Coronavirus

Study shows COVID-19 vaccine may not be as effective among obese people

Obese people who become infected with COVID-19 are nearly 50% more likely to die from it and any potential vaccine may not be as effective, researchers have said.

The newly published study used coronavirus data from around the world and is likely to ramp up the pressure for governments around the world to take urgent action to tackle obesity.

The US and UK have some of the highest obesity rates in the world. According to figures by the American government, more than 40% of US citizens are obese and in England, the condition impacts 27% of adults.

The COVID-19 research, carried out by a team from the University of North Carolina (UNC), has found obesity impacts the severity of the killer virus in every way. Their figures suggested there was 113% higher risk of being hospitalised, a 74% chance of ending up in intensive care and the risk of death was 48%.

Lead author Professor Barry Popkin, from the department of nutrition at the UNC’s Gillings Global School of Public Health, said: “That’s a pretty big effect for me. It is a 50% increase essentially. That’s a pretty high scary number. All of it is actually, much higher than I ever expected.”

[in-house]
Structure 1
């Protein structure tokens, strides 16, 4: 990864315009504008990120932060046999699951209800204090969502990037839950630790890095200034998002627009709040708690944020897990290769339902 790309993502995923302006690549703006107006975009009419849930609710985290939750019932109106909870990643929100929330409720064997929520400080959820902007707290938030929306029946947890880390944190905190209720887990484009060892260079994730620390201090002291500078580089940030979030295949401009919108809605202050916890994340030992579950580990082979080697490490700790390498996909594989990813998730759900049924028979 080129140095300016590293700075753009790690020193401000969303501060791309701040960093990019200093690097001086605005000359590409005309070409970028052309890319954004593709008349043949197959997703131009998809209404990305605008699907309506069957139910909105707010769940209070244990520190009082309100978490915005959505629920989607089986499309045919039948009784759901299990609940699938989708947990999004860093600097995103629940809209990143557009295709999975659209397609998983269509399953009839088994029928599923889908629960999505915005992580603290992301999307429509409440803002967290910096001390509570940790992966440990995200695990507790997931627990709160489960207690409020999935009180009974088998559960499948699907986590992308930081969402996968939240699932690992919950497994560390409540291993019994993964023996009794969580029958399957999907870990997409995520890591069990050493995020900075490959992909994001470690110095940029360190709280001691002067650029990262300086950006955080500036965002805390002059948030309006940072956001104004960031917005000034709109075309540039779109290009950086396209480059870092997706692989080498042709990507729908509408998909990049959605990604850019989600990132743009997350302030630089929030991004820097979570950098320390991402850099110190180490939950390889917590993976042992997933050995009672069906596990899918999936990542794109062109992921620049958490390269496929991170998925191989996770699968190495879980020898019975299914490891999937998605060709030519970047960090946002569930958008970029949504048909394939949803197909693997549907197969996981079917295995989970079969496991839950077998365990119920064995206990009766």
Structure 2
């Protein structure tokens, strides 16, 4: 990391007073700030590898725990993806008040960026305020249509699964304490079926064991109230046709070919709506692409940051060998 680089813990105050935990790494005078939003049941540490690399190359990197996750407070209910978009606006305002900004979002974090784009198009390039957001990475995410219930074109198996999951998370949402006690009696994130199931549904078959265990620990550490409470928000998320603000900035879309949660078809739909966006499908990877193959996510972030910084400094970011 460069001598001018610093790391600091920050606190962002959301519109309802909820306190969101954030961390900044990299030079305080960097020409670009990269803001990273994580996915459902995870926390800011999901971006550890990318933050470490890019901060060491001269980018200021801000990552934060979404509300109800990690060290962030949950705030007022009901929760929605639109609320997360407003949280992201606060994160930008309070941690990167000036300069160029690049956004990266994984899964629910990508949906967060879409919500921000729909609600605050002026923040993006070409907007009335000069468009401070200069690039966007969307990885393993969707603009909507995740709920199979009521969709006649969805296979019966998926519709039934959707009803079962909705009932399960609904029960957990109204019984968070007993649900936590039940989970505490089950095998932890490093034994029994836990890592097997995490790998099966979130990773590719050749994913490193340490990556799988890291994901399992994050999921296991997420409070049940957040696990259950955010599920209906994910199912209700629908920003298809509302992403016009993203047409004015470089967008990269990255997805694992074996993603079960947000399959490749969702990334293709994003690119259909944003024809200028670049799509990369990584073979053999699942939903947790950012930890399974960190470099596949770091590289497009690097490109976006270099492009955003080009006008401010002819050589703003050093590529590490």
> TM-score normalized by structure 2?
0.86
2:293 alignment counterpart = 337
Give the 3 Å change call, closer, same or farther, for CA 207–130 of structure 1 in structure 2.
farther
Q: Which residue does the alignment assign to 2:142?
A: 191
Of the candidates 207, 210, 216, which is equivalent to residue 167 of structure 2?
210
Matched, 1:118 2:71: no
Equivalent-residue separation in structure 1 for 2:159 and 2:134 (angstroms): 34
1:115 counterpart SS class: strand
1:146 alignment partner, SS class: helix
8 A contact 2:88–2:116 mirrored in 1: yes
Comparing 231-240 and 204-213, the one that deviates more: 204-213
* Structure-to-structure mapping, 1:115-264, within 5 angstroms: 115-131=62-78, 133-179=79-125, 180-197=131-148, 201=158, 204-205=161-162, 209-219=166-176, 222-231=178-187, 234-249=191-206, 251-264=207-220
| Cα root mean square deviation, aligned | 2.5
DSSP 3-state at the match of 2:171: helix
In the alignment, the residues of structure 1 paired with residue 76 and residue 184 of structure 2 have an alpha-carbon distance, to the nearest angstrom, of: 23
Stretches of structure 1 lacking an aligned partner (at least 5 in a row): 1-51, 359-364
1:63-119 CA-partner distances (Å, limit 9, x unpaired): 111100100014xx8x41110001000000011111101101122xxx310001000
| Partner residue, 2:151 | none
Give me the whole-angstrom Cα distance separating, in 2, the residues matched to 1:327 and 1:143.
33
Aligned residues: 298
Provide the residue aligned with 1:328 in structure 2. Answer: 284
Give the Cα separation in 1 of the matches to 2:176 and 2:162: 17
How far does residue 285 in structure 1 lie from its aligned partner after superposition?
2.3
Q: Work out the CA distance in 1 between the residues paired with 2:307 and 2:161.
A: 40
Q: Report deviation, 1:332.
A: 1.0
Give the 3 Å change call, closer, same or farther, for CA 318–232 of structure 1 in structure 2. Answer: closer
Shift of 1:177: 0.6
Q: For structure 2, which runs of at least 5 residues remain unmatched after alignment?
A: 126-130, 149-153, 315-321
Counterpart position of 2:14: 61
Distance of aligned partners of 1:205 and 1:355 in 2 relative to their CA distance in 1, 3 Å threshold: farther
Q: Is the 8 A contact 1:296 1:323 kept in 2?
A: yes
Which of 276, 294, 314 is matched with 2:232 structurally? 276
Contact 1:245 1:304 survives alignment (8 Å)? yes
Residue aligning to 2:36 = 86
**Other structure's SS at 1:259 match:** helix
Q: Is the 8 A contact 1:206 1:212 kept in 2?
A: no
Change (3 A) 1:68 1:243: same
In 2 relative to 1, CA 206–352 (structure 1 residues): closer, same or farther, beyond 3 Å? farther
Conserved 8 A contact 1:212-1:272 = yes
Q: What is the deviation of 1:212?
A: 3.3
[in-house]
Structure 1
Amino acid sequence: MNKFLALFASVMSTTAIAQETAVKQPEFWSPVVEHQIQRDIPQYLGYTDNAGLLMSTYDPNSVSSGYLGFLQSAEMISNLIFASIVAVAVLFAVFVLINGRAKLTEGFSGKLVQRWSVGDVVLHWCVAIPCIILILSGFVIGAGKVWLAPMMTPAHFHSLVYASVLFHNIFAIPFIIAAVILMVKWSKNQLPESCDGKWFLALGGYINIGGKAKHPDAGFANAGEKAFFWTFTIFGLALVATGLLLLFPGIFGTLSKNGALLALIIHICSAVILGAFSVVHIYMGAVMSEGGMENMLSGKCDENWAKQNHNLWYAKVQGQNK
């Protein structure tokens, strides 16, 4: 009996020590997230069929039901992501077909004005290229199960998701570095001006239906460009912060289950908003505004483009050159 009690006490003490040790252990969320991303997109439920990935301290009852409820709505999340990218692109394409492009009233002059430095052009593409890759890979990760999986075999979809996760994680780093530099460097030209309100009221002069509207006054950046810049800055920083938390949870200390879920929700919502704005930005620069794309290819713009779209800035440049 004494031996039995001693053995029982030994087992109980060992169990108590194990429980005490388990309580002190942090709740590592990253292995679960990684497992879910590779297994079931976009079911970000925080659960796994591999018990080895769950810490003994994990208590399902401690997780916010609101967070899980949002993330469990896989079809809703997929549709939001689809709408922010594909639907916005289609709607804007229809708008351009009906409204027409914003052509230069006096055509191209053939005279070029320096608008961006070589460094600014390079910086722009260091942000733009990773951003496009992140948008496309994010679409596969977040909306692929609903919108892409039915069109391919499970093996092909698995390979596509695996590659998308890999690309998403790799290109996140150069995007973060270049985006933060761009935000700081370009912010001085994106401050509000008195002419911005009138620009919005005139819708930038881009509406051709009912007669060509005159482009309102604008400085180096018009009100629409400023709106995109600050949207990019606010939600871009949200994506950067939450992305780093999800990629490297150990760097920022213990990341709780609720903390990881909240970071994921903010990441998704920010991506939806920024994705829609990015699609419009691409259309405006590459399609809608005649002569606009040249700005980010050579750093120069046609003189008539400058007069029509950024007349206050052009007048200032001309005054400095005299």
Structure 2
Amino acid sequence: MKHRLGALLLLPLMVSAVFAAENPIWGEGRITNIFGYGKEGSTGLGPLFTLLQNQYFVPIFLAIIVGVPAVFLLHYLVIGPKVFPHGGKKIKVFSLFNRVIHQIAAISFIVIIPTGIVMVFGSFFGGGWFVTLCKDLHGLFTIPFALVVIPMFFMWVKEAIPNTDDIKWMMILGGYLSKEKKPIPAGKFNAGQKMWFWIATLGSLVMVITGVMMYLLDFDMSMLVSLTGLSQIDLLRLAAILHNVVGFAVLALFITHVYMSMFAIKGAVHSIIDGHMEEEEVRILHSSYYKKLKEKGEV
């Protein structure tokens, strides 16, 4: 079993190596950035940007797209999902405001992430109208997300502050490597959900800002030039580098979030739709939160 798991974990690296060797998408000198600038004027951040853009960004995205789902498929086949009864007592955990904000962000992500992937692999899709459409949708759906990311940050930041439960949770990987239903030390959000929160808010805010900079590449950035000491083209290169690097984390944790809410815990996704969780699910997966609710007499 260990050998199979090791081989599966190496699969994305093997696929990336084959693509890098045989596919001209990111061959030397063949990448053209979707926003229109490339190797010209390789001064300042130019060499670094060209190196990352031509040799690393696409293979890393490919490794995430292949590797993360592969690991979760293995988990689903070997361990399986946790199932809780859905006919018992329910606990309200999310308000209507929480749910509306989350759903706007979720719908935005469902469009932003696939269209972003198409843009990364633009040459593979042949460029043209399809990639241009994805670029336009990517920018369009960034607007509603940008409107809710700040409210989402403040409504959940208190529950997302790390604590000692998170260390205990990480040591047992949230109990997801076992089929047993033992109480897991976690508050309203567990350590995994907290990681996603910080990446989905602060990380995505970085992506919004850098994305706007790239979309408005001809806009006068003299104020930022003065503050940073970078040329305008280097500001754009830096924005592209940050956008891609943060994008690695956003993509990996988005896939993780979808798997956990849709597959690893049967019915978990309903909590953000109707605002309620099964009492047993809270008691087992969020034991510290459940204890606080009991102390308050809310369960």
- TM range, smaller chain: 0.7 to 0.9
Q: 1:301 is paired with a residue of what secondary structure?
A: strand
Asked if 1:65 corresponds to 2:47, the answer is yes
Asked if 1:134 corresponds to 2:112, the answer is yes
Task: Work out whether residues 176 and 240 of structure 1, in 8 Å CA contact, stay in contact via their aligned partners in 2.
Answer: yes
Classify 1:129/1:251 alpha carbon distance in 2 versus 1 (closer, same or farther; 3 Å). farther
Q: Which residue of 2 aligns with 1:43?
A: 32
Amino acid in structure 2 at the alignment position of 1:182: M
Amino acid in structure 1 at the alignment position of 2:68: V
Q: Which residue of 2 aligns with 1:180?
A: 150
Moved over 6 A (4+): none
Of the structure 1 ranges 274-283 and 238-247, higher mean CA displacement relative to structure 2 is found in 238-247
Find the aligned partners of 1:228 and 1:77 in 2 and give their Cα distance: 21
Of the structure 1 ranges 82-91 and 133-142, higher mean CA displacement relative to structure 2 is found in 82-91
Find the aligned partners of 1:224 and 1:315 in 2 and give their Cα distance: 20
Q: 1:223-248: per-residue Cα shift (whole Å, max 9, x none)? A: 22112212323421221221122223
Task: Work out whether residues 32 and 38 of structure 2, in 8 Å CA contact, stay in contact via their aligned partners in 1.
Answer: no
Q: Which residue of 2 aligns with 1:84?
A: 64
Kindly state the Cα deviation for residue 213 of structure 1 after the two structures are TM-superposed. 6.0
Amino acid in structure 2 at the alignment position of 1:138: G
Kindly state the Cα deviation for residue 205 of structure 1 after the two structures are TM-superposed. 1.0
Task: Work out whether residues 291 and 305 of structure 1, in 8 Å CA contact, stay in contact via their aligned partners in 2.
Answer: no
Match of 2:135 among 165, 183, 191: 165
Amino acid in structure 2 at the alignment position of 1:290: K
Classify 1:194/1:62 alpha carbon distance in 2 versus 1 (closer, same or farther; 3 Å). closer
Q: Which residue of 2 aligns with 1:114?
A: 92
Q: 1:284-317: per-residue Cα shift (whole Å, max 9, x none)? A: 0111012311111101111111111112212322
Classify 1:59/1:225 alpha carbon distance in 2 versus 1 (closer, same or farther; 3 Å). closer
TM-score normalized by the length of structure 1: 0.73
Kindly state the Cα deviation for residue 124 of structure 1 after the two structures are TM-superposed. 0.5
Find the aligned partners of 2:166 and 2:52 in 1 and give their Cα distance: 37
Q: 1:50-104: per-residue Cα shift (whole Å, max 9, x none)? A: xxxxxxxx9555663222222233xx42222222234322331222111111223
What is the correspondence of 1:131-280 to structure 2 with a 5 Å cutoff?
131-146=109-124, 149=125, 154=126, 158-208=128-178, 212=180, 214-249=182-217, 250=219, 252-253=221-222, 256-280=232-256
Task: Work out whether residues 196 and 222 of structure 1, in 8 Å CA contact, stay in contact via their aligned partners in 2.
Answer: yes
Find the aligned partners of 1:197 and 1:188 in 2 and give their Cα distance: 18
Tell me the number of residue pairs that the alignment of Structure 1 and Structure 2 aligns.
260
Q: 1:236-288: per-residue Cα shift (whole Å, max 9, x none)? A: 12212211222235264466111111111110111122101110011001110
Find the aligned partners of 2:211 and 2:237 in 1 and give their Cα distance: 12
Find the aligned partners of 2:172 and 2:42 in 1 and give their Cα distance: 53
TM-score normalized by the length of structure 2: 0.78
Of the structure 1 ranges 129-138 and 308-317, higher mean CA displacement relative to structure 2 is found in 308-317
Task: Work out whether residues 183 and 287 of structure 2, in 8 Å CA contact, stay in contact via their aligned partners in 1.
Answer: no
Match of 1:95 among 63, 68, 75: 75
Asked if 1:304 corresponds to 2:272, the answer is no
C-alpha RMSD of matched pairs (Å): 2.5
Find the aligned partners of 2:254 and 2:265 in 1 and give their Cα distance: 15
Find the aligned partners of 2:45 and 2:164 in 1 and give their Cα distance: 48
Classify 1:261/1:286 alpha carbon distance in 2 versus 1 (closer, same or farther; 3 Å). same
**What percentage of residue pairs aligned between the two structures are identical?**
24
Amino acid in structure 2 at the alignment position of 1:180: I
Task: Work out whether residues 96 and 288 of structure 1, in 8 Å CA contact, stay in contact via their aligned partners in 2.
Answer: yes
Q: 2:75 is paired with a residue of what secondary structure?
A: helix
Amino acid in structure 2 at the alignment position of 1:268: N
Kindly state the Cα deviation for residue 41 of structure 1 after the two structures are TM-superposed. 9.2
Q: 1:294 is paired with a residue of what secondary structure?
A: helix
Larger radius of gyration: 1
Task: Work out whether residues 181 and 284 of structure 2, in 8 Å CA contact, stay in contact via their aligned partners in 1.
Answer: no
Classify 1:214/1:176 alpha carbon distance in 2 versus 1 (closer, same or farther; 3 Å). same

Speaking to the Guardian newspaper about the high percentages relating to death and hospital admission, he said the figures “shocked me, to be honest”.

The study’s co-author, Professor Melinda Beck, added: “Individuals with obesity are also more likely to experience physical ailments that make fighting this disease harder, such as sleep apnoea, which increases pulmonary hypertension, or a body mass index that increases difficulties in a hospital setting with intubation.

“We know a COVID vaccine will have a positive effect on obese people, but we suspect from all our knowledge from tests on the Sars vaccine and the flu vaccine it will have a diminished benefit compared to the others.”

The team is urging researchers working on a vaccine to ensure they carry out clinical trials on obese people to ensure they can refine the treatment to help them too.

The findings have been published in the Obesity Review journal.

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